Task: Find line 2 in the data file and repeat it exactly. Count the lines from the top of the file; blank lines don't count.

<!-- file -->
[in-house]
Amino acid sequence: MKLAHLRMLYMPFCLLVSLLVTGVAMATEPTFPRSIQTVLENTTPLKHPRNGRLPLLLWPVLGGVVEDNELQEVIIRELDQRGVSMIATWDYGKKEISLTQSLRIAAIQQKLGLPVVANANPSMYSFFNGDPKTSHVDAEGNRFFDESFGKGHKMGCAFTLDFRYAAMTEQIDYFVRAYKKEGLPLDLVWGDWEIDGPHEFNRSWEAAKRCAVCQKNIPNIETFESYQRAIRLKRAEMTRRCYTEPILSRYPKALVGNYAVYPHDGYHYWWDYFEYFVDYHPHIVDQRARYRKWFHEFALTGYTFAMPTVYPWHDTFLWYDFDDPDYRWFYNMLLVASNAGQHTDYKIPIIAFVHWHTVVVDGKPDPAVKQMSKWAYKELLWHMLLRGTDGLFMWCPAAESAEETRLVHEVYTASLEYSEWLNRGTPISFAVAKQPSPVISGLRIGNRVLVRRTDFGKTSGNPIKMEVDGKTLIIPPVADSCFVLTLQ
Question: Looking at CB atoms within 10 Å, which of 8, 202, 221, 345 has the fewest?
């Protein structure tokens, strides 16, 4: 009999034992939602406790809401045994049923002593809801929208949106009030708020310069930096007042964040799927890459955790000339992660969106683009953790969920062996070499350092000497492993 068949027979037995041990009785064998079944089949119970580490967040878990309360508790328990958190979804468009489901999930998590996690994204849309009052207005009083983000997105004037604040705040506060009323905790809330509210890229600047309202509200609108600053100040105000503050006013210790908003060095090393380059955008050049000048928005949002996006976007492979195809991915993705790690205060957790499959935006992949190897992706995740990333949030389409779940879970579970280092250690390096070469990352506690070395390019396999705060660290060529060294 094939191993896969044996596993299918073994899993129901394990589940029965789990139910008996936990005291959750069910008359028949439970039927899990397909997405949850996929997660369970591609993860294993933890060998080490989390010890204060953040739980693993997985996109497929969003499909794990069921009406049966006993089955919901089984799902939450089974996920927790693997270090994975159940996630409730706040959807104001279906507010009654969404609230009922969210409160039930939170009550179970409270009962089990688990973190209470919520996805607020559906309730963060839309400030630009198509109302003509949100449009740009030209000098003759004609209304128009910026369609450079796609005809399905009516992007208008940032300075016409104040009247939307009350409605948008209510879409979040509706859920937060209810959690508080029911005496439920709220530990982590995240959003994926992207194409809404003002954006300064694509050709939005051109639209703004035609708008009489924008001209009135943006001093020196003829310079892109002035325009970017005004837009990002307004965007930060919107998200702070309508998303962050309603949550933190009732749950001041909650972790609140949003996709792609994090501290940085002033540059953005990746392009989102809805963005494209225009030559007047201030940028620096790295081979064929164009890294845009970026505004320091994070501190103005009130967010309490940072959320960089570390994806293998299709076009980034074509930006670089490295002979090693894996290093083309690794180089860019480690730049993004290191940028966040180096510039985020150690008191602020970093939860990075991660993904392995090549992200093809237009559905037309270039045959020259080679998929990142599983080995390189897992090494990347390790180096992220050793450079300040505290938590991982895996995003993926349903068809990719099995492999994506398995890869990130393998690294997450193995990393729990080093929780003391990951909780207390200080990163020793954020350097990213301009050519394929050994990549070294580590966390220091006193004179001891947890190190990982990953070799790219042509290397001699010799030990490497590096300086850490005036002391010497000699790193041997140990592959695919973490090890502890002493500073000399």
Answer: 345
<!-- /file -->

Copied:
Amino acid sequence: MKLAHLRMLYMPFCLLVSLLVTGVAMATEPTFPRSIQTVLENTTPLKHPRNGRLPLLLWPVLGGVVEDNELQEVIIRELDQRGVSMIATWDYGKKEISLTQSLRIAAIQQKLGLPVVANANPSMYSFFNGDPKTSHVDAEGNRFFDESFGKGHKMGCAFTLDFRYAAMTEQIDYFVRAYKKEGLPLDLVWGDWEIDGPHEFNRSWEAAKRCAVCQKNIPNIETFESYQRAIRLKRAEMTRRCYTEPILSRYPKALVGNYAVYPHDGYHYWWDYFEYFVDYHPHIVDQRARYRKWFHEFALTGYTFAMPTVYPWHDTFLWYDFDDPDYRWFYNMLLVASNAGQHTDYKIPIIAFVHWHTVVVDGKPDPAVKQMSKWAYKELLWHMLLRGTDGLFMWCPAAESAEETRLVHEVYTASLEYSEWLNRGTPISFAVAKQPSPVISGLRIGNRVLVRRTDFGKTSGNPIKMEVDGKTLIIPPVADSCFVLTLQ